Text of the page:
Visual Proofreading: 10 Rules

by Fred Showker
WE HEAR A LOT ABOUT PROOFREADING. And, although it is a vital part of any publication, there's another kind of proofreading that can make as much (if not more) difference in the success of your publication. There are visual mistakes you can make just like typos. However, these visual mistakes can govern the way a reader approaches the entire project.

Visual Proofreading

1. Is the layout simple?

What elements you can remove without losing the message?
Systematically remove visual elements from your layout, one by one, and evaluate. Start with the more insignificant ones like borders, rules or drop caps.
Does it still work?

2. Does the layout hold together?

Test your layout by squinting at it.
Is the layout seen and perceived as a single, unified whole?
Are there things that just don't feel right?

  • Hold the layout up to a mirror... now how does it look?
  • What's out of place?
  • See any holes?

3. Does the most important element dominate?

Is there a single visual element that commands the first attention.
Hand it to a fellow worker, or a friend.
Ask them what was their first visual impression.

4. Is there an obvious and logical visual flow?

  • Does the visual flow work with gravity? Or against it?
  • Does the eye flow from one element to the next the way you want it to?
  • Count the steps it takes to get to the message. Are there more than two?

In "flash-card" fashion, show the layout (quickly) to an unsuspecting viewer...

  • What's the first thing they saw. Next? Next?
  • Is that what you intended?
  • ... Does it reinforce your copy line?
  • Did they get what you wanted them to get?

5. Are all the graphic elements visually balanced?

Where is it heavy? Where is it light?

  • Is the spread top-heavy or does the weight fall too low?
  • What is the item next to the heavy spot?
  • Is that where you want your reader to look next?

Now, go back and evaluate your answers. You'll learn a lot about your design. Once you've made corrections, and adjusted things, continue with the next five steps...

6. Is the space attractive?

  • Is the division of space within the layout attractive?
  • Is something too large? Too small?
  • Are there holes in the layout.
  • Once again look at the piece in a mirror.
  • Does everything look right?

7. Is there white space?

  • Is it properly positioned? Is it toward the outside?
  • Does it visually "push" what you want it to? Once again, squint.
  • Are there any holes? Can they be moved to the outside?

White space can be used in two important ways:

  1. to separate elements of the design that should not be closely related to each other, a barrier, so to speak;
  2. to point to, or draw attention to an element.

When an element is separated from the rest of the content by white space, that element automatically becomes more important. It calls attention to itself by virtue of its isolation. The trick is to make sure you've utilized the white space to fulfill one of those two purposes. When white space becomes disorganized, or chaotic, then it's fighting you, not helping you!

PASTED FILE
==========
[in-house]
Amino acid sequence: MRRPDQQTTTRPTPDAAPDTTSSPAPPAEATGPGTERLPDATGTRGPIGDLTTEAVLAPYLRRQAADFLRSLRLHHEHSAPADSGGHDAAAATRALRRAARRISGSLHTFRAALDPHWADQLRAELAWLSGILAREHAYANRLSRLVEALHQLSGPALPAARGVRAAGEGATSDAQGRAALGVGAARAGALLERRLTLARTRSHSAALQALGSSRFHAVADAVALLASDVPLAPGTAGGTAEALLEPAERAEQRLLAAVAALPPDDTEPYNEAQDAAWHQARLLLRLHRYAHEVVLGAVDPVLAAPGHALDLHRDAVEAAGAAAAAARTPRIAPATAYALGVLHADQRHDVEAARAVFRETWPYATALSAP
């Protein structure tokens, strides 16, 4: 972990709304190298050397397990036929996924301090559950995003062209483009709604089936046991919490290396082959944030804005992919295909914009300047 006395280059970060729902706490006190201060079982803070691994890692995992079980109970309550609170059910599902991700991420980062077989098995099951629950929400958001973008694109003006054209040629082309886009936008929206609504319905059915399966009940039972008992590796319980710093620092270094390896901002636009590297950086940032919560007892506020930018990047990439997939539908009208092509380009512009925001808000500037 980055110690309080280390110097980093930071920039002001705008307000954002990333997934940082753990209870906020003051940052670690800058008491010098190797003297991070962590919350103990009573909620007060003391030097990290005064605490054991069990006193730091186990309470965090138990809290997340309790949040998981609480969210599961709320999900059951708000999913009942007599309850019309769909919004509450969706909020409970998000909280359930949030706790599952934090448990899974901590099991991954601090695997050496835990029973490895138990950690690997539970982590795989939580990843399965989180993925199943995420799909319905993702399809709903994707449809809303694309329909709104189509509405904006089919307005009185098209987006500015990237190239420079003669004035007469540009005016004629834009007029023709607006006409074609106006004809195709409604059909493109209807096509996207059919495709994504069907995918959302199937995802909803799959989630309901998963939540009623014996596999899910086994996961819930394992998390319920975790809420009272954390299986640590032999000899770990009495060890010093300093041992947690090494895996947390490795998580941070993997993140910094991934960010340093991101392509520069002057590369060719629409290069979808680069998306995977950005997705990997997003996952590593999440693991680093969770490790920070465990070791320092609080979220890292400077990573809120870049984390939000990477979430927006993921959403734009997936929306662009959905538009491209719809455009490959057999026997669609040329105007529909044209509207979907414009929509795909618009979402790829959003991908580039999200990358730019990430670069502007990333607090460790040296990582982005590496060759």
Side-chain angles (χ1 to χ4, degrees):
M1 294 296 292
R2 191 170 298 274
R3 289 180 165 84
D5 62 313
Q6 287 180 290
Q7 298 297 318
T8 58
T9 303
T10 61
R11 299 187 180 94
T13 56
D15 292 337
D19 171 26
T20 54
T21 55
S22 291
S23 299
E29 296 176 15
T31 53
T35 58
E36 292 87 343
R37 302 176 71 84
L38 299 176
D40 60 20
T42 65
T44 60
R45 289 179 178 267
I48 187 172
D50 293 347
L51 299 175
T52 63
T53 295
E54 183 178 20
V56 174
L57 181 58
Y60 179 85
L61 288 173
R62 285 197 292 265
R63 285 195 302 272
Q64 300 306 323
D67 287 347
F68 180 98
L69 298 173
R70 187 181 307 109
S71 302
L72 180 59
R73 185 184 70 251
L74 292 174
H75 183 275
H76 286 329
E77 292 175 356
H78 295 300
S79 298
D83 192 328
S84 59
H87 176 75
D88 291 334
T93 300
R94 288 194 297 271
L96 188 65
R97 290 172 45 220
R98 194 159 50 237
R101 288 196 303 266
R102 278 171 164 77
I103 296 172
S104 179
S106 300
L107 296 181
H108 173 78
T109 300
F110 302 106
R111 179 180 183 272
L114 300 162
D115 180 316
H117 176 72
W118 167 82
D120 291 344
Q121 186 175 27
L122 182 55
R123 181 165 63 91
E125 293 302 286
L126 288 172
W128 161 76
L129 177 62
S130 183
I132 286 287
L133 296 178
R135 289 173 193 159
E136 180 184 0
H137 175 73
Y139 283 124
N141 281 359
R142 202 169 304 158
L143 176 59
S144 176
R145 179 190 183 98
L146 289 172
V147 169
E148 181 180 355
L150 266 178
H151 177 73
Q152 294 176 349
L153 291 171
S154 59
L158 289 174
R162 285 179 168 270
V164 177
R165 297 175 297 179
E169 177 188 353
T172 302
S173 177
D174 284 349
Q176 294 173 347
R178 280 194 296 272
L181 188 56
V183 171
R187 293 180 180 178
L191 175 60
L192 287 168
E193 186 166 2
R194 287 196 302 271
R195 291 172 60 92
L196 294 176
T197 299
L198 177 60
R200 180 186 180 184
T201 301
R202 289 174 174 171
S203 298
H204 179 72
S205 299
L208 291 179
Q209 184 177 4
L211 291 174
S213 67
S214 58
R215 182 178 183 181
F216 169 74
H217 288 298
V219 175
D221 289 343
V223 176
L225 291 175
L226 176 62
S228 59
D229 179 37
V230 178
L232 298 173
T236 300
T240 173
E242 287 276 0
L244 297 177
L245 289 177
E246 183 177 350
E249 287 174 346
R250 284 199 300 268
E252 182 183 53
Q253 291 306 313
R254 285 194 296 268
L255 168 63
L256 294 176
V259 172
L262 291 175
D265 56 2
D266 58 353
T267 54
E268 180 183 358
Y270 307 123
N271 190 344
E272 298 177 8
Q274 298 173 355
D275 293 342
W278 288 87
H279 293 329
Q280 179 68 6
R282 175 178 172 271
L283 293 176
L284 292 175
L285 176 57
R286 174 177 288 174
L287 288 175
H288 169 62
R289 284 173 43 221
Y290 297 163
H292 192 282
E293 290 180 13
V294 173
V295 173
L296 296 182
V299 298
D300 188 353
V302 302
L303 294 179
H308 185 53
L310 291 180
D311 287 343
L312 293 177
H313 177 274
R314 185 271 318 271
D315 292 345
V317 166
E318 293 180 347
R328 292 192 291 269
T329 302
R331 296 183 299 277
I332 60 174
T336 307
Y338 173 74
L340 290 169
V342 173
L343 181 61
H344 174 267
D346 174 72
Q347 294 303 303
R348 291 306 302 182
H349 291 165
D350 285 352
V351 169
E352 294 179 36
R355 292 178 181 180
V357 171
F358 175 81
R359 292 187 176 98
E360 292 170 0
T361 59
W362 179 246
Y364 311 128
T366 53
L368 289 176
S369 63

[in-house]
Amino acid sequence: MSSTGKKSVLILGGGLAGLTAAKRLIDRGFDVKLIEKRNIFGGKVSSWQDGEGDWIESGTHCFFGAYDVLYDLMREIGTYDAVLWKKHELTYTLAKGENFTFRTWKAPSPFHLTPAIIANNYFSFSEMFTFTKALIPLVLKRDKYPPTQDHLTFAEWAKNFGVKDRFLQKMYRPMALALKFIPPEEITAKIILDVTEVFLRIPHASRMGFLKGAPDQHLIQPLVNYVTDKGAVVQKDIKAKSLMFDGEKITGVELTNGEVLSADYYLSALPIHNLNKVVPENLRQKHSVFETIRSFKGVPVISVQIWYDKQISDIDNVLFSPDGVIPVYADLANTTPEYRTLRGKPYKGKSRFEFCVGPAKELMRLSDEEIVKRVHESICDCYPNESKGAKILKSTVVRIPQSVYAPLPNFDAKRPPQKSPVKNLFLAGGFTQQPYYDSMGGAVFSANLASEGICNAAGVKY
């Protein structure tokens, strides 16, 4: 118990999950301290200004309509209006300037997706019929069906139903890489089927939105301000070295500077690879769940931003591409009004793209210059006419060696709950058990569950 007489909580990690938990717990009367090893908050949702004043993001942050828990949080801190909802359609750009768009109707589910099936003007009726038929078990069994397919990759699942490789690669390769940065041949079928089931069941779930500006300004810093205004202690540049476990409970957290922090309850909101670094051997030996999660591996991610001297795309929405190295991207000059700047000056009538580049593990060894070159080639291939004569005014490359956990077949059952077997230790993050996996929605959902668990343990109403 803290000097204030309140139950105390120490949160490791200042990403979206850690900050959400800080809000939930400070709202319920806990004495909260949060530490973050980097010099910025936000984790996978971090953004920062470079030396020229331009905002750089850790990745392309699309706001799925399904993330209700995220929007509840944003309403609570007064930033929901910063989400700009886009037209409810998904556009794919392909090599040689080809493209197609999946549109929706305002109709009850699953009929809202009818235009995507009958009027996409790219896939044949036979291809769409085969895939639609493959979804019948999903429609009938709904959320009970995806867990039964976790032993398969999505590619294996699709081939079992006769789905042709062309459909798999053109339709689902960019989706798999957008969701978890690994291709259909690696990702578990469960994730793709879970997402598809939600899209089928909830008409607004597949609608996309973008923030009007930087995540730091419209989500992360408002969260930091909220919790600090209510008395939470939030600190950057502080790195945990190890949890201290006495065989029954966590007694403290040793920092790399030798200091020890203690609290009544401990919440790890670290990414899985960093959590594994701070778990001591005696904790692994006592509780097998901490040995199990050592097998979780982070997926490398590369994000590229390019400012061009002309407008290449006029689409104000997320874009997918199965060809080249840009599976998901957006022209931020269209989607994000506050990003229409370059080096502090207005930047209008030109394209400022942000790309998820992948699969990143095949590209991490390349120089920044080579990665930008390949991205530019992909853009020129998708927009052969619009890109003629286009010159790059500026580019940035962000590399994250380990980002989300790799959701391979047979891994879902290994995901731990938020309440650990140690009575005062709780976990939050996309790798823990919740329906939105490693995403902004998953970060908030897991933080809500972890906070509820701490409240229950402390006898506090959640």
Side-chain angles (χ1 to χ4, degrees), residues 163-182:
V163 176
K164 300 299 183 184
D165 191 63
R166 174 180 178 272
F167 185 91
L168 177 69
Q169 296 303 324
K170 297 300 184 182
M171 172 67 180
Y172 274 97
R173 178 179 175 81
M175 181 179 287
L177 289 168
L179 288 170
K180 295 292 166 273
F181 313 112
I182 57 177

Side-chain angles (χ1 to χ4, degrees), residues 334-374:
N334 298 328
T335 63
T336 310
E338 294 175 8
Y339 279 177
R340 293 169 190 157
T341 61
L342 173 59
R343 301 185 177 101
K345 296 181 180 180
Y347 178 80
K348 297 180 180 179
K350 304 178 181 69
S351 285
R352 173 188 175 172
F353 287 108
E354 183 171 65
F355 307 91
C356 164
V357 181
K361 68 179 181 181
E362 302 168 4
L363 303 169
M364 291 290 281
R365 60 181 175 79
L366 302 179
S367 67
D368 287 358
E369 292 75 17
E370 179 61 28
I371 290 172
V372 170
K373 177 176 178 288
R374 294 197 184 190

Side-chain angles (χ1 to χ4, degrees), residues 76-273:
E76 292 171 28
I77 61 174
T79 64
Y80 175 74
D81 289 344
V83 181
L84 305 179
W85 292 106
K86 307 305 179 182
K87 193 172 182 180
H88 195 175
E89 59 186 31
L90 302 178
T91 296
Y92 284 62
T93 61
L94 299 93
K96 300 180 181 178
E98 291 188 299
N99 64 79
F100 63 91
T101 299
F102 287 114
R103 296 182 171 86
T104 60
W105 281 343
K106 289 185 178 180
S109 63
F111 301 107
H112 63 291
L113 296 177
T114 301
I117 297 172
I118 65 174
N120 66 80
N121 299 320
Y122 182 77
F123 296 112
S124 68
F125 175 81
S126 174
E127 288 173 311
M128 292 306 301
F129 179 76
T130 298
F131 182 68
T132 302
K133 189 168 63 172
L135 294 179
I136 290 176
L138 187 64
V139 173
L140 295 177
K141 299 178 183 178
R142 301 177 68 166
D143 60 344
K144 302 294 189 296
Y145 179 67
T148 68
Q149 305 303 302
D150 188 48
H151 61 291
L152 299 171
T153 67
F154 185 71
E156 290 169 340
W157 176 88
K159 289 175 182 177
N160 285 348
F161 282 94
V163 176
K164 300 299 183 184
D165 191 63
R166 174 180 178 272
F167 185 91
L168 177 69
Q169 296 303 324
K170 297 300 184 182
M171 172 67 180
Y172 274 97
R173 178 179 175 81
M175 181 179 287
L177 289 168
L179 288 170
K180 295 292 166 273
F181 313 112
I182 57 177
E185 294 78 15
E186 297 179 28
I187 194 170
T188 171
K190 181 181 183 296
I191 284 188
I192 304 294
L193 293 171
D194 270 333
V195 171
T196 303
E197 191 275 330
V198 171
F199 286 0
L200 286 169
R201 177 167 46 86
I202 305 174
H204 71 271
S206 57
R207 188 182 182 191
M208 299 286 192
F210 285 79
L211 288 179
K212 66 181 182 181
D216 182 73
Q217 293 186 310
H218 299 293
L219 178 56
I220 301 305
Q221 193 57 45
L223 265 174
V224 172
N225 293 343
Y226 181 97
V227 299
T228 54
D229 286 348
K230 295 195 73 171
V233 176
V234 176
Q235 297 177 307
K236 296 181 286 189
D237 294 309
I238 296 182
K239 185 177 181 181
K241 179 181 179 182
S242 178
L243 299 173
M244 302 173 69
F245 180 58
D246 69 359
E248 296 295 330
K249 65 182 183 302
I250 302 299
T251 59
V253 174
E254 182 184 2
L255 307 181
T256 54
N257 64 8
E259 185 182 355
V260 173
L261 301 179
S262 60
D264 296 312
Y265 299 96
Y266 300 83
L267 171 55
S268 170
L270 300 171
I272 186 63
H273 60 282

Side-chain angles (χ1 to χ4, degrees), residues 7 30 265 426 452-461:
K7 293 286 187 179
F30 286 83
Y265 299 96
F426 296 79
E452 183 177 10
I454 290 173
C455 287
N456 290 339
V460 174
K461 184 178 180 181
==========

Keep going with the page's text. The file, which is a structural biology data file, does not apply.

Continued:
8. Do the headlines have impact?

  • Have you avoided overly long headlines.
  • Are the lines broken for quick, logical reading?

Have someone read your headlines to you, out loud. Did they read them in a single breath? Did they stumble? Did they make sense... to you? To the reader? (If the uninitiated reader stumbles or has problems flowing through a headline when reading out loud, then that's a red flag that the headline needs work!)

9. Is there a visual storyline?

Sometimes it sounds strange to think of "visually" designing a story line. But consider this: if the reader feels comfortable with a beginning, a middle and an ending to the visual story, they're much more likely to be pulled in.

You'll also have a better chance to pull in the typical browser who doesn't like to read at all. So ask: does the "visual story" progress to the desired ending?

10. Does the whole layout feel good?

When the layout "feels" good, you know your readers will be comfortable with it.

Now, take one more pass at the specific illustrations, photographs or graphics that have become part of your layout.

  • Is the illustration or photo appropriate?
  • Do visuals support the personality and "ambience" of your message?
  • Do visuals offer meaning, even if the reader doesn't read the text?
  • Do the visuals need captions or explanation?
  • Do the graphics send a visual message? Is it the correct message?
When you have completed your visual inspection and proofreading, go back and evaluate your answers. Make the necessary corrections and revisions and pass it back to a new, uninitiated reader for testing. What you've learned through this exercise arms you with a knowledge base that will aid you in future designs.

After you've done this a number of times you will begin to instinctively design those relationships into your layouts without asking. Visual proofreading will become less tedious and more pleasurable. Your publications will also become more effective.

Thanks for reading

Fred Showker

If you like this, let us know, or give us a tweet, or you can write your own! Note: This was part four in a continuing series about the creative processes involved in designing a publication. I was prompted to begin this series by the discussions and questions asked by attendees of my Newsletter Design workshop recently in Dallas. Part One gave an introduction and revolved around getting fresh ideas. Part Two dealt with the "Window of Approach." Part Three introduced axis, and reader eyeflow.



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